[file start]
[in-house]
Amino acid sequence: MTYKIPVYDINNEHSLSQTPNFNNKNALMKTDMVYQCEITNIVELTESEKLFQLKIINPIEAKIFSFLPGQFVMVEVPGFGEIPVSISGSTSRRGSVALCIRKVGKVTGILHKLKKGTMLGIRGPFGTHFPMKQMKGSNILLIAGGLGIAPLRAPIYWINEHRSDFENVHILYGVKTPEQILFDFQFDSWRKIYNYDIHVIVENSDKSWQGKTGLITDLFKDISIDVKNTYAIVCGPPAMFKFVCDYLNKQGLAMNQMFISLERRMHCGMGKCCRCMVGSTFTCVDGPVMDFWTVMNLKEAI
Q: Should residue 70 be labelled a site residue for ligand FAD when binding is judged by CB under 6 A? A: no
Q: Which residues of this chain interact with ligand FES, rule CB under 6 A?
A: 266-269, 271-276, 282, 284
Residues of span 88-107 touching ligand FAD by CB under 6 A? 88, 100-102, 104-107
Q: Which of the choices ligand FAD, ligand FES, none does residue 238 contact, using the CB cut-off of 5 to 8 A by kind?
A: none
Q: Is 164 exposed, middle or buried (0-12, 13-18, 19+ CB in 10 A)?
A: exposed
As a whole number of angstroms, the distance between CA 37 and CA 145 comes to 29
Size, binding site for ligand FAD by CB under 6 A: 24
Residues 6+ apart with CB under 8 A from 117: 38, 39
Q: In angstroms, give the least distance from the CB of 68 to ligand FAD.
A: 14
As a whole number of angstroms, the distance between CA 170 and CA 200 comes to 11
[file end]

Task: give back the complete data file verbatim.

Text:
[in-house]
Amino acid sequence: MTYKIPVYDINNEHSLSQTPNFNNKNALMKTDMVYQCEITNIVELTESEKLFQLKIINPIEAKIFSFLPGQFVMVEVPGFGEIPVSISGSTSRRGSVALCIRKVGKVTGILHKLKKGTMLGIRGPFGTHFPMKQMKGSNILLIAGGLGIAPLRAPIYWINEHRSDFENVHILYGVKTPEQILFDFQFDSWRKIYNYDIHVIVENSDKSWQGKTGLITDLFKDISIDVKNTYAIVCGPPAMFKFVCDYLNKQGLAMNQMFISLERRMHCGMGKCCRCMVGSTFTCVDGPVMDFWTVMNLKEAI
Q: Should residue 70 be labelled a site residue for ligand FAD when binding is judged by CB under 6 A? A: no
Q: Which residues of this chain interact with ligand FES, rule CB under 6 A?
A: 266-269, 271-276, 282, 284
Residues of span 88-107 touching ligand FAD by CB under 6 A? 88, 100-102, 104-107
Q: Which of the choices ligand FAD, ligand FES, none does residue 238 contact, using the CB cut-off of 5 to 8 A by kind?
A: none
Q: Is 164 exposed, middle or buried (0-12, 13-18, 19+ CB in 10 A)?
A: exposed
As a whole number of angstroms, the distance between CA 37 and CA 145 comes to 29
Size, binding site for ligand FAD by CB under 6 A: 24
Residues 6+ apart with CB under 8 A from 117: 38, 39
Q: In angstroms, give the least distance from the CB of 68 to ligand FAD.
A: 14
As a whole number of angstroms, the distance between CA 170 and CA 200 comes to 11